Here is something a little bit different for you today. Instead of introducing a relatively new love or a fledgling family, we are going to celebrate a couple that has been married for 36 years.
Michael and Karen won their session from a giveaway on A Practical Wedding. Funny thing is, they didn’t even know that they had entered! Their daughter, Nina, submitted their names and their love story back in December.
This is a little off the beaten path, but hey, in the spirit of keeping Austin (and APW [A Practical Wedding]!) weird, I’d like to nominate my parents for this awesome couple’s portrait session giveaway. My parents had the most amazing crazy elopement 36 years ago: they met as Peace Corps volunteers in Ivory Coast, and decided to get married within only a few months of having known each other. It was a crazy match at the time: my Dad’s a true southerner from Alabama; my Mom’s from NYC and second-generation from Germany. They started trying to plan a wedding long distance — imagine! it took six weeks for a letter to reach their families in the States! — and quickly became frustrated with WIC [Wedding Industrial Complex], with parents’ and community expectations, and with the sheer ridiculousness of stressing over party favors while living in a freakin’ hut without electricity in Africa. So they eloped. They grabbed some witnesses, ran down to the closest courthouse in rural Ivory Coast, got hitched, hosted a dinner for ~10 friends at a local restaurant, and sent their parents a telegram. That was 36 years ago.
One of the only drawbacks about this awesome elopement (besides returning from Africa and hoping to God that your parents like your new husband!) is that my parents have no photos celebrating their partnership, their love, or the fact that they have stood by their vows despite hell and high water. After the Peace Corps, my Dad joined the foreign service, so they have spent their marriage traveling through third world countries across four continents. They took lots of photos of each other while traveling, and there are lots of photos with their kids, but very very few with just the two of them.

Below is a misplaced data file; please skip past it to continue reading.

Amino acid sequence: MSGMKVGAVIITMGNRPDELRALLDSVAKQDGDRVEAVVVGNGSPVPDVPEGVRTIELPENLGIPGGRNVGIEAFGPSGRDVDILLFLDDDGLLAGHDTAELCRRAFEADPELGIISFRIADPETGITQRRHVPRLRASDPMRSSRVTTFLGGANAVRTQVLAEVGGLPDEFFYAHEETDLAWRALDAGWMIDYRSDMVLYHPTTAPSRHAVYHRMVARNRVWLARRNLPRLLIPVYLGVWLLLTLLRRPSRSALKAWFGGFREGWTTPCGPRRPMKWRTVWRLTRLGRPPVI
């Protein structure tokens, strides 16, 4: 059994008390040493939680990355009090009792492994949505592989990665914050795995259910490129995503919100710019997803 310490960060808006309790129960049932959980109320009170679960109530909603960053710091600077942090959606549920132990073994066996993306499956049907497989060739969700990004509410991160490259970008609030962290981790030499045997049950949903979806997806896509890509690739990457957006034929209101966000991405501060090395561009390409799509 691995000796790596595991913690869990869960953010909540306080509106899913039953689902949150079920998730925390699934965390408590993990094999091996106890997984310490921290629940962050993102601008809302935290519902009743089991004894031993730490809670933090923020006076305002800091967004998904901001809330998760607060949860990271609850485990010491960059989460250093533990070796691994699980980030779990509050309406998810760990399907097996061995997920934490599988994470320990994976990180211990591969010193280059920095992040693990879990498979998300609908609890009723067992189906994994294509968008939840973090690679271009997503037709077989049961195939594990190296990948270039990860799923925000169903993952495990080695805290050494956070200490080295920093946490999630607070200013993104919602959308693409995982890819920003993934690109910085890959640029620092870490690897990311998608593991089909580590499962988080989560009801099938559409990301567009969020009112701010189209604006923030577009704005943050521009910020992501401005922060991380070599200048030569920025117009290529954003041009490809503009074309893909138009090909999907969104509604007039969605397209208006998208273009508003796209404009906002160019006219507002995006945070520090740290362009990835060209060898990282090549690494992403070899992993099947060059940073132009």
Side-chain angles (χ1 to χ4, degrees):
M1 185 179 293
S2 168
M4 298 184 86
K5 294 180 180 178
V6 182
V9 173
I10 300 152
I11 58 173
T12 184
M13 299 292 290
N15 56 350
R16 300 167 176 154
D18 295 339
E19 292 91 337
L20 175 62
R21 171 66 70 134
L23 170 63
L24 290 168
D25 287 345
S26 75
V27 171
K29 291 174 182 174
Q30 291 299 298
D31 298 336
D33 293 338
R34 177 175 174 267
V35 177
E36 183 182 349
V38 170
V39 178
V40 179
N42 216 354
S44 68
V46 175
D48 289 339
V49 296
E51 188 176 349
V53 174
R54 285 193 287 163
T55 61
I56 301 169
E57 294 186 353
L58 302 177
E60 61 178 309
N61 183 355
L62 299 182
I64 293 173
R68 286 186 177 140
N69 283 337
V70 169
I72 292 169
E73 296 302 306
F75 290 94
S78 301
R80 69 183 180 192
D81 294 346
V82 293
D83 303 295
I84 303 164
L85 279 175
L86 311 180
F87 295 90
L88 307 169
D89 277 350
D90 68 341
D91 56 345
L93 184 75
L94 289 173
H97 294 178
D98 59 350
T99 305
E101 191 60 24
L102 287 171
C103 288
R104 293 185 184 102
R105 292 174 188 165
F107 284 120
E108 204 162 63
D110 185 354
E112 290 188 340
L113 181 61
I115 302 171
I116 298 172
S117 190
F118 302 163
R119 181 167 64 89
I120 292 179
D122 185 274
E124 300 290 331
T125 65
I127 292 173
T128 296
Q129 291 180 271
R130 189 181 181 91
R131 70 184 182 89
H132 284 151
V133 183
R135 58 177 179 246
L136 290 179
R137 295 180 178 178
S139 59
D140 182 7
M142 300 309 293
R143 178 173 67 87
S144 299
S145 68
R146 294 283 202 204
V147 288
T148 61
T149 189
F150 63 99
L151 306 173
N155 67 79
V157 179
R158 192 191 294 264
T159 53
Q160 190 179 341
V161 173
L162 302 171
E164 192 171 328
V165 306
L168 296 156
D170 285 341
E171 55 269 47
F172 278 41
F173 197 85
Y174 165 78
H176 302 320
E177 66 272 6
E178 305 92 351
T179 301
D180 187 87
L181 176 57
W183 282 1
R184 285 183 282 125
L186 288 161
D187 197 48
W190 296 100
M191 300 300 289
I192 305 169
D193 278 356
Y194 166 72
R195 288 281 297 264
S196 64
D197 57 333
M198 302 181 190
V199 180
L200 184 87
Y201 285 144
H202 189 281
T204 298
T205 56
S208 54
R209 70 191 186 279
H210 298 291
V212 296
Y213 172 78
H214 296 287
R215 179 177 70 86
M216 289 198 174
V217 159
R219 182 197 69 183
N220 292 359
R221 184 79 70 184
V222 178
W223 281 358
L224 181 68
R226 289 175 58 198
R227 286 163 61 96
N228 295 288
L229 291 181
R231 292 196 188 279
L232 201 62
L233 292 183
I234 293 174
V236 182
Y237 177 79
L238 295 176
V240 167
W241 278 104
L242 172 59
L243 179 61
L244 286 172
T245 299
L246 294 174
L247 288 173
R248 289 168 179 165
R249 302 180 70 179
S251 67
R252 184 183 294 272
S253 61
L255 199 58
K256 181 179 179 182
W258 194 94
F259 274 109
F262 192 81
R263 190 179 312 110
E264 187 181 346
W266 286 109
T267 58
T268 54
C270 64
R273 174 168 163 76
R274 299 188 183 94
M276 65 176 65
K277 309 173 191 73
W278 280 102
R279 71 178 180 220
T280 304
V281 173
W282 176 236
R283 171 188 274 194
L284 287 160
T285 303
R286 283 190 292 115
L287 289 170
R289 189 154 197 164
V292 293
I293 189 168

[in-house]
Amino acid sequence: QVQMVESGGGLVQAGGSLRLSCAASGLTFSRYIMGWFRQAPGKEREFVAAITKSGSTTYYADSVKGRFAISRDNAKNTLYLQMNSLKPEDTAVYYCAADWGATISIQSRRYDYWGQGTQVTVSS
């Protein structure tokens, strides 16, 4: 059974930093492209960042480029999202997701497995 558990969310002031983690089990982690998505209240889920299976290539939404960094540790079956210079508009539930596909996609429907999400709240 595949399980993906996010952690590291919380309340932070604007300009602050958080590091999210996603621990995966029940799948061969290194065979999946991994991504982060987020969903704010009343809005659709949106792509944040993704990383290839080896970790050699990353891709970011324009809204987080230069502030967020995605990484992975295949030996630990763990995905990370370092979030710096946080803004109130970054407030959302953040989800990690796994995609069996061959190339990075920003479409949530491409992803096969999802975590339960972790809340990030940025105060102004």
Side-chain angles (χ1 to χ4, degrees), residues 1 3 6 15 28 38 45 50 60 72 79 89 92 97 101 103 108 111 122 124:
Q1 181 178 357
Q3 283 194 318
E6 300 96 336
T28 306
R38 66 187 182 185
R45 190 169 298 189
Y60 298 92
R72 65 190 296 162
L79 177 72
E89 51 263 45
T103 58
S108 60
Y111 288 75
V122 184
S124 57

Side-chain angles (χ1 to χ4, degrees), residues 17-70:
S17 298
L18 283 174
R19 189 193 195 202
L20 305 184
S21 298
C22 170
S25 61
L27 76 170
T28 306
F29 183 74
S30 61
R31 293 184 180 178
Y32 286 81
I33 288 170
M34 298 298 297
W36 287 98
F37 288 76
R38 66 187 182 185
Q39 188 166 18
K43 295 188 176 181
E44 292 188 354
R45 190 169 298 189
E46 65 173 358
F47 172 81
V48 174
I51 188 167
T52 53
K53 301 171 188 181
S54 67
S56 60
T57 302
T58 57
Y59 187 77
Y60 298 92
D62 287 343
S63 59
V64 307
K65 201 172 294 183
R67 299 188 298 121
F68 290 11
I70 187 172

My parents retired to Austin a few years ago, and Mom turns 60 this spring. I know they aren’t your stereotypical early 20s lovebirds, but I think the spirit of APW posits that committed love at any age is worth honoring. In this case, this couple stood up to WIC before it was cool and had to give up on the wedding photographs, those tangible, ageless testimonies to lifelong commitment and love. A couple’s photography session could help fix that, 36 years later.
So our day began on a cold, rainy Saturday morning. Michael and Karen invited me into their Austin home and they drank homemade cappuccinos while we talked. In fact, I think we talked more than we photographed! I typically photograph my subjects while they are acting “like themselves” — I direct very little in general, as I like to be an unobtrusive presence while people come out of their shells and become comfortable in front of the camera — and during this session I let them dictate how much contact they would have with one another even more so than usual. As Karen said to me, “We are probably different from your usual subjects. I see engagement photos where the couple gazes into each other’s eyes and presses up against each other, and that’s just not us. That sort of thing may be important to them, but we don’t need that. We’re past that.”
Her statement made me think a lot about the evolution of relationships. I could tell that they were still madly in love with each other. The way they did glance at each other, chide each other, and laugh with each other. But I think that there was something in the background, a subtleness, that hinted at what helped make their relationship work. And I think my parents, who have been married for thirty years and counting, and my husband’s parents, who have about the same number of married years together, also have in common, but isn’t as apparent to young people getting married today — and that is that they have retained a lot of their individuality. I could see Michael and Karen’s youthfulness shining out of their eyes as they spoke with me. They have preserved a very strong sense of self and “do their own things” and have not completely lost themselves in the other person. Maybe that’s a “duh” moment to a lot of you, but as someone who is still navigating a still-very-young marriage (1.5 years!) it’s a good lesson to see in effect.
^^ I’m pretty sure I’m in love with this photograph. When I looked through the shots I saw this one and clapped my hands.
And… um… a little inside joke for the two of them.